• And we also learn that due to Chuck’s isolated upbringing, she’s picked up a variety of skills that could come in handy as an investigator. This week, we learn that thanks to a variety of cheese-themed language tapes, she speaks virtually every language known to man, putting her in the same camp as Piper Perabo on Covert Affairs or Annabella Sciorra on Law and Order: Criminal Intent.
  • Dale continues to keep the narration from feeling like a detriment to the show, and there’s also signs they’re starting to be more playful in how it relates to the visible characters. Case in point: when he says “At that moment, The Pie Maker felt a mixture of happiness and trepidation,” Ned immediately follows with a resigned “Why is it always a mixture?”
  • A moment of residual Better Off Ted love: when the two German accented researchers – one tall and black, one short and white – presented the car, all I could think of was how much it would have spiced up the episode to have Lem and Phil be the researchers. I hope on whatever farm ABC sends its canceled shows to, Pushing Daisies and Better Off Ted are happy together.
  • Episode’s best Emerson delivery: “If I wanted to mingle with a bunch of geeks wearing leotards, I’da stayed in art school!”
  • “The aunts who had raised Chuck had taught her to believe that the large white appliance in the kitchen had a fairly narrow purpose. In fact, young Chuck did not refer to the refrigerator as anything but a cheesebox until she was seventeen.”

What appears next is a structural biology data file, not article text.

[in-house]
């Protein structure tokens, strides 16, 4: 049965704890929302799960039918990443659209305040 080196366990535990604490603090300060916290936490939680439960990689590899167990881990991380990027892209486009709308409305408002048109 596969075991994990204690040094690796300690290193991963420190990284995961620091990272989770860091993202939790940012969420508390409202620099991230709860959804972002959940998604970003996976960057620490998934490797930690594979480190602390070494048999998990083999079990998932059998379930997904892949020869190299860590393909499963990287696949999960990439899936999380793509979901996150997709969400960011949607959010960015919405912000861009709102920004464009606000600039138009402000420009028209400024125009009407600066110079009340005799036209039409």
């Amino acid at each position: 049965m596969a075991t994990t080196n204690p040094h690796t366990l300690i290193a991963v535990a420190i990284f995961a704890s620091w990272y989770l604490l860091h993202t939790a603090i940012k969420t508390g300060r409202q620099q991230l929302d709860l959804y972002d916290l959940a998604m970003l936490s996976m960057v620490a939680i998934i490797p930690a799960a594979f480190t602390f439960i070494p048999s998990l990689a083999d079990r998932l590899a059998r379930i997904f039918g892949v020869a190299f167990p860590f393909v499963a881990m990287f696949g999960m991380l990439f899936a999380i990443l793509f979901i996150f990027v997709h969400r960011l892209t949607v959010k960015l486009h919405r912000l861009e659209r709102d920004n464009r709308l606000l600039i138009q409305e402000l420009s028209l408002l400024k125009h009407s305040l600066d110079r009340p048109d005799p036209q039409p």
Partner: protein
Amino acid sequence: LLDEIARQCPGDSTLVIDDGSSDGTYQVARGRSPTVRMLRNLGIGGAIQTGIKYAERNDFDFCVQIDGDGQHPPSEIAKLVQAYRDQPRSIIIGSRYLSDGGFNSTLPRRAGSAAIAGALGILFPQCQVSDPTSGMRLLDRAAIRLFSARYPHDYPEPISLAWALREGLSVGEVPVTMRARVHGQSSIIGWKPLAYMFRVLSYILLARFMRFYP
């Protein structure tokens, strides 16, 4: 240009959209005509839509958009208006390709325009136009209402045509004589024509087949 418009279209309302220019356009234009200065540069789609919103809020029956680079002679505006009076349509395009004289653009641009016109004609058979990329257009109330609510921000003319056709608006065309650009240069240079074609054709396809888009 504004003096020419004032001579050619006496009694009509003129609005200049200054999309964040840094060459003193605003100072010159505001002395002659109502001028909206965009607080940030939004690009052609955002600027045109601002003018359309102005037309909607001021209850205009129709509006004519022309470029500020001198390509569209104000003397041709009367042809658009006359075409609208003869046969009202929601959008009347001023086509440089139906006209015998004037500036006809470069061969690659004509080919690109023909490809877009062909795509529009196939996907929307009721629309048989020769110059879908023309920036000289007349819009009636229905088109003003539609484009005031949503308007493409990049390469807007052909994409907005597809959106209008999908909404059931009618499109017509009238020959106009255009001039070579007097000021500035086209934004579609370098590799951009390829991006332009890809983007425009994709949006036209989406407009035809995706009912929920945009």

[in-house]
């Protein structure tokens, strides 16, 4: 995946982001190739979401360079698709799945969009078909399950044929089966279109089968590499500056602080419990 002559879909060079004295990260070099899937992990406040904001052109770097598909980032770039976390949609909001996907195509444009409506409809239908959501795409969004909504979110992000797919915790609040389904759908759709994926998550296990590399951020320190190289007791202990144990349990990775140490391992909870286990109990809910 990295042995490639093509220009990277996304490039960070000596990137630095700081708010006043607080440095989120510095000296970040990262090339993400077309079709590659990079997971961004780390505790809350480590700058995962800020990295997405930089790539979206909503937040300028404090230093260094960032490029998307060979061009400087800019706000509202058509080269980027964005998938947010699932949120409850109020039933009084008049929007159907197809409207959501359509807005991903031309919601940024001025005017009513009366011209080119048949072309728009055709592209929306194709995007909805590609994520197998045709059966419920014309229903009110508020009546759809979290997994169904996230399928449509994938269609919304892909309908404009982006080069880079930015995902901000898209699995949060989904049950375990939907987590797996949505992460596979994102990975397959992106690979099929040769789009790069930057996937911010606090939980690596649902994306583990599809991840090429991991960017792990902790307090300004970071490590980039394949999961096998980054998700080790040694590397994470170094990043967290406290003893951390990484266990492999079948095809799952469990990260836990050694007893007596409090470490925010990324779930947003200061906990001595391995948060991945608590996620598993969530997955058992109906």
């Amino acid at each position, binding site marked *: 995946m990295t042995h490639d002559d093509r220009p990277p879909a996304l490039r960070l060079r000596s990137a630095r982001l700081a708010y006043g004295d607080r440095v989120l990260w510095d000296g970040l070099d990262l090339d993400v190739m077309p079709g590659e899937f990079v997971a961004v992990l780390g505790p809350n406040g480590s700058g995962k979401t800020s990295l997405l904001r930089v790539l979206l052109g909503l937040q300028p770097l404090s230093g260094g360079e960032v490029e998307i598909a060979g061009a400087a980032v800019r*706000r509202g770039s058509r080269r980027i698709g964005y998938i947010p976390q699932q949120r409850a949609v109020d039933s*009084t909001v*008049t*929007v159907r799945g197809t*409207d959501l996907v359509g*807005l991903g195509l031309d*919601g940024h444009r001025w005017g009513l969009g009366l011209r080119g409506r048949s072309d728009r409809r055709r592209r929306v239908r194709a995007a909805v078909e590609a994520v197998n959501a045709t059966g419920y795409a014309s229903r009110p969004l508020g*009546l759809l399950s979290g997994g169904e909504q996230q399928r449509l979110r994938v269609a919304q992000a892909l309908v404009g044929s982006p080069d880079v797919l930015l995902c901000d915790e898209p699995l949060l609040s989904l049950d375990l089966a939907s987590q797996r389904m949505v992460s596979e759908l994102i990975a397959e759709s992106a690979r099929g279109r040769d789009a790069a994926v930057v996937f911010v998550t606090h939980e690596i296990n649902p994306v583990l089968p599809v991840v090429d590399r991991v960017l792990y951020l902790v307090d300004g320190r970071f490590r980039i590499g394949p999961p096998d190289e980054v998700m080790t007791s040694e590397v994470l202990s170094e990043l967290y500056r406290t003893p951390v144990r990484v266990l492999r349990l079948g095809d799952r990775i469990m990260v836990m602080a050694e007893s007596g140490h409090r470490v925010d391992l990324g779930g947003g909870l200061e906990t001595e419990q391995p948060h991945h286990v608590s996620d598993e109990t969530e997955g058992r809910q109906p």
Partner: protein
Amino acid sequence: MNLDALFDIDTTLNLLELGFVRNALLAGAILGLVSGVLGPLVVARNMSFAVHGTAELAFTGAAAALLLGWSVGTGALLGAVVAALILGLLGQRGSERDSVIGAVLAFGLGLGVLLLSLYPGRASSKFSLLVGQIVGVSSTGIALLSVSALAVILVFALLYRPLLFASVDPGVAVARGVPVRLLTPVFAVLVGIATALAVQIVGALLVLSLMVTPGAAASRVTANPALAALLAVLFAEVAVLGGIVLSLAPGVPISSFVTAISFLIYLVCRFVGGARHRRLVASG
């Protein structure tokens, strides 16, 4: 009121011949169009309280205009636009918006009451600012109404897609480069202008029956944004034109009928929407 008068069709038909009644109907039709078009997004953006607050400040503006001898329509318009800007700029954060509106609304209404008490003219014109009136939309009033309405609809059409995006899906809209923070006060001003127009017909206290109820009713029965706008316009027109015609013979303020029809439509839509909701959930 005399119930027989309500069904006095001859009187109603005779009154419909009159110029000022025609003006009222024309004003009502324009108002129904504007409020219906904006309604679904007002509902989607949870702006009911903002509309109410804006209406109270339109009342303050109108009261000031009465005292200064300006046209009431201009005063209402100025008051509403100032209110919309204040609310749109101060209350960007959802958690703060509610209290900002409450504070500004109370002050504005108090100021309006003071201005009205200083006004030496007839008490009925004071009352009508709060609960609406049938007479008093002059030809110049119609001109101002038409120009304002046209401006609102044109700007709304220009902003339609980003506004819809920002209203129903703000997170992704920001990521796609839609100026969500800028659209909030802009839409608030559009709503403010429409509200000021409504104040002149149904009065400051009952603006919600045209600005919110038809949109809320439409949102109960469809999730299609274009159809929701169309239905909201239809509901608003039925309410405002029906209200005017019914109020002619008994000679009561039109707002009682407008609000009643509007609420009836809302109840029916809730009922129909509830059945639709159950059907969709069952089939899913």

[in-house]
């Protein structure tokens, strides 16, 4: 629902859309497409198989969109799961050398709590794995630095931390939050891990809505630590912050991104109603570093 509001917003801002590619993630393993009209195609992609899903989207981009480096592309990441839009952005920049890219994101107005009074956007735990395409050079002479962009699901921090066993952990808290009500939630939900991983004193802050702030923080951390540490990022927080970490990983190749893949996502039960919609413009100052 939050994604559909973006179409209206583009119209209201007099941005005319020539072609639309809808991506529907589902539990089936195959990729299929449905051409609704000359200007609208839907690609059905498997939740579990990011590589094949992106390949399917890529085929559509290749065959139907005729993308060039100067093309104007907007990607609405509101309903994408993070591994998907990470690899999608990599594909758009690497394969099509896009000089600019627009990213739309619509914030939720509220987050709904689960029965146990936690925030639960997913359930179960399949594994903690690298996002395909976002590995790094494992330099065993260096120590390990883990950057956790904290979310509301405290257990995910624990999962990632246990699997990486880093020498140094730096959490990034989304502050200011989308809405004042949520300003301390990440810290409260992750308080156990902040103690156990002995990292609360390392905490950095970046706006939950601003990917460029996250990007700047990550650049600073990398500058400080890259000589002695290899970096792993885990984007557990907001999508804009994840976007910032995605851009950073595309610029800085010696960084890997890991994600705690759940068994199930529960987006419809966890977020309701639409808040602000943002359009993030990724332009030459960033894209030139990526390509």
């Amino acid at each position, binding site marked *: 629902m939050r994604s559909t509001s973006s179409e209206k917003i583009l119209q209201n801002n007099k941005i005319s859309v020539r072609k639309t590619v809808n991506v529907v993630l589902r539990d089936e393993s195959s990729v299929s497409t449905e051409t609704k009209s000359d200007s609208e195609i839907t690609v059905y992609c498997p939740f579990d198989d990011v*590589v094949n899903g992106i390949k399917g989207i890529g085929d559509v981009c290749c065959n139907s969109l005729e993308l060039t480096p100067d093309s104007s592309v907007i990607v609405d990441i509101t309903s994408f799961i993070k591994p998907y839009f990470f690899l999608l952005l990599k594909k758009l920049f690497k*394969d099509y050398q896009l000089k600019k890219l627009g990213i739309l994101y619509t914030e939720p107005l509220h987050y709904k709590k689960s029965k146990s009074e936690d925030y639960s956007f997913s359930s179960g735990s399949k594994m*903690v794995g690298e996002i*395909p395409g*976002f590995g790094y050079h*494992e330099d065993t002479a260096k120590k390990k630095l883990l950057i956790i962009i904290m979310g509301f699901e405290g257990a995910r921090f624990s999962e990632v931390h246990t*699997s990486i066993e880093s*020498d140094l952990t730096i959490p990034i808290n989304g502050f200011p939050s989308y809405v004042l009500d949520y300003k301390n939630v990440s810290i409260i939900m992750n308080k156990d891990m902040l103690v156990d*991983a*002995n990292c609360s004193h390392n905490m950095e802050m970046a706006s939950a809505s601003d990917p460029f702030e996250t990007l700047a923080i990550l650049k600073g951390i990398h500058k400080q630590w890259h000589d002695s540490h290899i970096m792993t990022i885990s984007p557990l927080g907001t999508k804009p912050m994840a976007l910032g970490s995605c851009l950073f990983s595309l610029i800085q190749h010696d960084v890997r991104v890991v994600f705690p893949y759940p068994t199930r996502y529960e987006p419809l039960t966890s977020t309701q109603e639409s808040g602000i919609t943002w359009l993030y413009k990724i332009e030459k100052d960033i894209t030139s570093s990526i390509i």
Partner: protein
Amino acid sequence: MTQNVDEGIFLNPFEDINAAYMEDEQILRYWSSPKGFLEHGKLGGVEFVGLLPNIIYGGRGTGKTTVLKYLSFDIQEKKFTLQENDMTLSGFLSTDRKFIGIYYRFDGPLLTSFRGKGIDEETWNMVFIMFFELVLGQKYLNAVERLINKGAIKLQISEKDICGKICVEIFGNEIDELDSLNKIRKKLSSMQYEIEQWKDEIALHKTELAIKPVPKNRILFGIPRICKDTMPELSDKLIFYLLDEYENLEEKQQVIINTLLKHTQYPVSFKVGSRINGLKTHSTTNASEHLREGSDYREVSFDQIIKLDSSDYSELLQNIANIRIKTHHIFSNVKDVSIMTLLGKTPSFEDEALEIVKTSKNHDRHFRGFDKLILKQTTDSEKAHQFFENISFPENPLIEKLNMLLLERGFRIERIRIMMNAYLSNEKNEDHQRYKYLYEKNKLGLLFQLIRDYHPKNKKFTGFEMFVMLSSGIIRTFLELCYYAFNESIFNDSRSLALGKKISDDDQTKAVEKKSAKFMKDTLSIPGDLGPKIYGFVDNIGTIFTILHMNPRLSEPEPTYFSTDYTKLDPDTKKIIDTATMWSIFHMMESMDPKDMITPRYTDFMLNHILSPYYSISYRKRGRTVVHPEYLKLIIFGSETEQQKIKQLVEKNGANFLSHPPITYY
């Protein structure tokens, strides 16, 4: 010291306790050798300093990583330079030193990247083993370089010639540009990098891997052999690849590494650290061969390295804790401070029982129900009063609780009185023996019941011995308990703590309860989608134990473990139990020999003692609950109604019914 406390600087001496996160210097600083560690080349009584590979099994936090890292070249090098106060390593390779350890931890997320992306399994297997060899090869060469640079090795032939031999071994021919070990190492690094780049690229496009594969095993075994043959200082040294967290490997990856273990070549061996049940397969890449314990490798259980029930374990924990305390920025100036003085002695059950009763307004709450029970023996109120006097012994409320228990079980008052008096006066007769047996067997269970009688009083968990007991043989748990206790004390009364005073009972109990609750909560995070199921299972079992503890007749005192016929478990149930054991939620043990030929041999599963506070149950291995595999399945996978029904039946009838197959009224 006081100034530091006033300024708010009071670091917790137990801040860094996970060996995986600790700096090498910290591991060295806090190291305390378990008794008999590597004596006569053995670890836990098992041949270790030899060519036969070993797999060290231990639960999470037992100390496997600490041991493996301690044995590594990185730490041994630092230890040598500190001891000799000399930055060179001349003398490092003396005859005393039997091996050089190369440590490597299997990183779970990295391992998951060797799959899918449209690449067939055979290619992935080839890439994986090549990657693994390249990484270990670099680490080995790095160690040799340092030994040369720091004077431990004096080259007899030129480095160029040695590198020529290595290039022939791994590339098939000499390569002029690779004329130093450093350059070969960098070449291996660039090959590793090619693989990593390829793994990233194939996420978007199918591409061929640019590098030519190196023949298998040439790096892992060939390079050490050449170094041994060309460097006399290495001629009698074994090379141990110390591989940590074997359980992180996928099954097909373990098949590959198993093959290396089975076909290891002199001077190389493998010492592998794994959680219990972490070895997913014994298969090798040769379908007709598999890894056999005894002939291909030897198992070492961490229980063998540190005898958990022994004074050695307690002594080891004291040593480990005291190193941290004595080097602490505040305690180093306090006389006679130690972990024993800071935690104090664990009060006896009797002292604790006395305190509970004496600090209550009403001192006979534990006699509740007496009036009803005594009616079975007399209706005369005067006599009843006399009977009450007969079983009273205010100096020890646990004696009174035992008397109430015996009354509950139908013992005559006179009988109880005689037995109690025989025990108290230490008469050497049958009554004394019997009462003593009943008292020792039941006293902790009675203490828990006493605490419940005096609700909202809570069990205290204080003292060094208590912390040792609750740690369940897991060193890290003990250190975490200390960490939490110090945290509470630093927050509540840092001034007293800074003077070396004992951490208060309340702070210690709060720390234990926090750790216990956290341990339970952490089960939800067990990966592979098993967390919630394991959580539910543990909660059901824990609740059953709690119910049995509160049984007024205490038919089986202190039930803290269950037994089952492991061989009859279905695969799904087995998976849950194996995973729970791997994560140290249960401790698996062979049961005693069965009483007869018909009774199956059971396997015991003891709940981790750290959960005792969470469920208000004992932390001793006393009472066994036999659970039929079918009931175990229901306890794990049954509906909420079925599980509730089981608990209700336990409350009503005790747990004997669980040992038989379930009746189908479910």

• “The fun part’s counting my money in the bubble bath.”
  • “This isn’t Pies ‘r Us, Pie City or Thousands of Pies in One Place. This is a bells-on-the-door, pies-baking-mom-and-pop place, we chit-chat here. Chit.” “…Chat.”
  • “While Olive considered how much she loved Digby for paying attention to her when The Pie Maker would not, and Digby considered how much he liked salt…”
  • “I already lived a sheltered life once. But it wasn’t as sheltered as you think: Aunt Lily had a very extensive collection of historic erotica hidden in the milk cellar. Well, the cheese floor, the spooky place under the house, whatever.” (Follow-up for best Emerson line: “I will pay both of you not to have this conversation in front of me.”)
  • “Thought the car of the future’s supposed to fly! What the hell happened to flying cars?!”

About Les Chappell

The Mad Hatter of media criticism. Co-founder of This Was Television, contributor to The A.V. Club, founder of A Helpless Compiler and The Lesser of Two Equals.